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Carnage and Culture: Landmark Battles in the Rise of Western Powerby Victor Davis Hanson
Synopses & Reviews
Examining nine landmark battles from ancient to modern times--from Salamis, where outnumbered Greeks devastated the slave army of Xerxes, to Cortess conquest of Mexico to the Tet offensive--Victor Davis Hanson explains why the armies of the West have been the most lethal and effective of any fighting forces in the world.
Looking beyond popular explanations such as geography or superior technology, Hanson argues that it is in fact Western culture and values-the tradition of dissent, the value placed on inventiveness and adaptation, the concept of citizenship-which have consistently produced superior arms and soldiers. Offering riveting battle narratives and a balanced perspective that avoids simple triumphalism, Carnage and Culture demonstrates how armies cannot be separated from the cultures that produce them and explains why an army produced by a free culture will always have the advantage.
Through vivid depictions of historic battles, Hanson reveals the connection between the West's superiority on the battlefield and its rise to world dominance. of photos.
About the Author
Victor Davis Hanson is a military historian who is a professor of classics at California State University, Fresno. He has written several scholarly and popular books on ancient history and classical warfare, including The Other Greeks, The Western Way of War, and The Soul of Battle. He lives in Selma, California.
Table of Contents
List of Maps
Why the West Has Won
Enlightened Thugs · The Primacy of Battle · Ideas of the West ·The Western Way of War
PART ONE · CREATION
Freedom—or “To Live as You Please” · Salamis, September 28, 480 B.C.
The Drowned · The Achaemenids and Freedom ·The Persian Wars and the Strategy of Salamis · The Battle ·Eleutheria · The Legacy of Salamis
Decisive Battle · Gaugamela, October 1, 331 B.C.
Angles of Vision · The Macedonian Military Machine · Killing Spree · Decisive Battle and Western Warfare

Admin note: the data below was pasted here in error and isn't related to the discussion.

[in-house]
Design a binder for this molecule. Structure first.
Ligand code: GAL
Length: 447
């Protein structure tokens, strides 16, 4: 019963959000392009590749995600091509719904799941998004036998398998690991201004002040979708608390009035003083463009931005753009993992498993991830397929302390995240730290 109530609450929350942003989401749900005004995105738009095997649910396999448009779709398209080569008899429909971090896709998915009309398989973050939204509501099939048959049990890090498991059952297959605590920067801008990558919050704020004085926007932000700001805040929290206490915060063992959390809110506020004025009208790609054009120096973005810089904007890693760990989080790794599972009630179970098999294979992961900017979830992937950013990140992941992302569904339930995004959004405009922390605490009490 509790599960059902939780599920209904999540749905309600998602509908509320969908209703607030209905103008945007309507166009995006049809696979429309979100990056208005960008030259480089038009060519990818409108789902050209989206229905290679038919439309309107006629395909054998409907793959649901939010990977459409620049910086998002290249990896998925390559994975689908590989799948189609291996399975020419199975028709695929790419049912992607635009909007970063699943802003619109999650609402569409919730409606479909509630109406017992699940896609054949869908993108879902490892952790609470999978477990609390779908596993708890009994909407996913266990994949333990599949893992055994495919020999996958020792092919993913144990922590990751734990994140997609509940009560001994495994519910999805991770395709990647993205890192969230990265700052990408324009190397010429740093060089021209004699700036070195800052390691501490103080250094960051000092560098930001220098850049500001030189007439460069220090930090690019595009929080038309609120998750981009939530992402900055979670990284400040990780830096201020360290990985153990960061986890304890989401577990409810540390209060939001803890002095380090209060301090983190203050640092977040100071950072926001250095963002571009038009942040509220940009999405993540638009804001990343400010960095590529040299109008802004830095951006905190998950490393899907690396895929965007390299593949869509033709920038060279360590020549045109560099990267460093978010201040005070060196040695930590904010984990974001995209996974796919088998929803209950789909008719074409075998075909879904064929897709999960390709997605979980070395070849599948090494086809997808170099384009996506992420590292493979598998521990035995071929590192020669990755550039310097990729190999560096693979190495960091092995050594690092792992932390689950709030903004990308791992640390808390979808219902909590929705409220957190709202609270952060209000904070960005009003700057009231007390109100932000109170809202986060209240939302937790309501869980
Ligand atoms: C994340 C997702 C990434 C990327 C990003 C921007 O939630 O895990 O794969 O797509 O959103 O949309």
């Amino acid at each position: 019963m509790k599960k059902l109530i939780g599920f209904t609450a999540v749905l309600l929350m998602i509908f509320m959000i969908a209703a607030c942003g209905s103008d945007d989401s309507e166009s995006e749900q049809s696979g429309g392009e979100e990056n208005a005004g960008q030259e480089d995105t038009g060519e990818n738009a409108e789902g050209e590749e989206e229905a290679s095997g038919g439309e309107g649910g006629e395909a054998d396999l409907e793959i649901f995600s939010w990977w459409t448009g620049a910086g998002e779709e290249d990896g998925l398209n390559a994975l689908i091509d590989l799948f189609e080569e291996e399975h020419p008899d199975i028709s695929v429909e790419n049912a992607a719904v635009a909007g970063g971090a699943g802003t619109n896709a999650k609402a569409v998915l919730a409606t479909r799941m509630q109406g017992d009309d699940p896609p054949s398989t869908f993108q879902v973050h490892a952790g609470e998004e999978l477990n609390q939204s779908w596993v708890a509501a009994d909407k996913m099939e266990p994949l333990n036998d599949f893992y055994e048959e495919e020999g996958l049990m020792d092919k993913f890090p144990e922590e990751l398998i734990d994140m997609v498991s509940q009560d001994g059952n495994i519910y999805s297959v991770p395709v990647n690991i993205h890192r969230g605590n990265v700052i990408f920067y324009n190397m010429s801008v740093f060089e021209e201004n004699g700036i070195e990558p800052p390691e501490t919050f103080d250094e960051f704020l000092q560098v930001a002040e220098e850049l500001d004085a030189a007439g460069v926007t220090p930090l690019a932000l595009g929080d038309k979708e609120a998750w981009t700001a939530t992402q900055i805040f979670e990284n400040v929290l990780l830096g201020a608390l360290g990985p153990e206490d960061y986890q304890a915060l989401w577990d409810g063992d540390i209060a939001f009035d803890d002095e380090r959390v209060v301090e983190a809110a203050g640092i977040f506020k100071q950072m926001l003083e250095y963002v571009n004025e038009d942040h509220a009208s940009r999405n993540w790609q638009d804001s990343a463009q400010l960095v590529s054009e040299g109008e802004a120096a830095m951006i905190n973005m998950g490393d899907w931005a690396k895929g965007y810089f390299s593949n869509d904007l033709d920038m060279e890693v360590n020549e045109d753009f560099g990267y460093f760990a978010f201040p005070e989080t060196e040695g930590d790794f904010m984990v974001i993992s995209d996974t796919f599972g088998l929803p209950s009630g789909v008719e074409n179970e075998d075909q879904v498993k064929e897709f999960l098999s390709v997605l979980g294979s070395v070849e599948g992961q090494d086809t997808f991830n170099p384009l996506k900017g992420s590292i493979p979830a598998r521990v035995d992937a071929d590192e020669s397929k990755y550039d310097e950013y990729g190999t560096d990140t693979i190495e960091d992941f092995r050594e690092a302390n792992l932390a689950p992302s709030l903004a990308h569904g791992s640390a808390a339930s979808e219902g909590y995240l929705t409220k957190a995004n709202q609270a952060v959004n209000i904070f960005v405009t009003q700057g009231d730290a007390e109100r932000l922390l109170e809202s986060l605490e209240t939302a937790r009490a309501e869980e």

Citizen Soldiers · Cannae, August 2, 216 B.C.
A Summer Slaughter · Hannibals Jaws · Carthage and the West · Legions of Rome · The Idea of a Nation-in-Arms ·“Rulers of the Entire World”—the Legacy of Civic Militarism
PART TWO · CONTINUITY
Landed Infantry · Poitiers, October 11, 732
Horse Versus Foot · The Wall · The Hammer · Islam Ascendant ·Dark Ages? · Infantry, Property, and Citizenship · Poitiers and Beyond
Technology and the Wages of Reason · Tenochtitlán, June 24, 1520-August 13, 1521
The Battles for Mexico City · Aztec War · The Mind of the Conquistadors · Spanish Rationalism · Why Did the Castilians Win? · Reason and War
The Market—or Capitalism Kills · Lepanto, October 7, 1571
Galley War · Legends of Lepanto · Europe and the Ottomans · Capitalism, the Ottoman Economy, and Islam · War and the Market
PART THREE · CONTROL
Discipline—or Warriors Are Not Always Soldiers · Rorkes Drift, January 22-23, 1879
Killing Fields · The Imperial Way · Zulu Power and Impotence · Courage Is Not Necessarily Discipline
Individualism · Midway, June 4-8, 1942
Floating Infernos · The Annihilation of the Devastators ·The Imperial Fleet Moves Out · Western and Non-Western Japan ·Spontaneity and Individual Initiative at Midway · Individualism in Western Warfare
Dissent and Self-Critique · Tet, January 31-April 6, 1968
Battles Against the Cities · Victory as Defeat · Aftermath · War amid Audit, Scrutiny, and Self-Critique
Western Warfare—Past and Future
The Hellenic Legacy · Other Battles? ·The Singularity of Western Military Culture · The Continuity of Western Lethality ·The West Versus the West?
Carnage and Culture
after September 11, 2001
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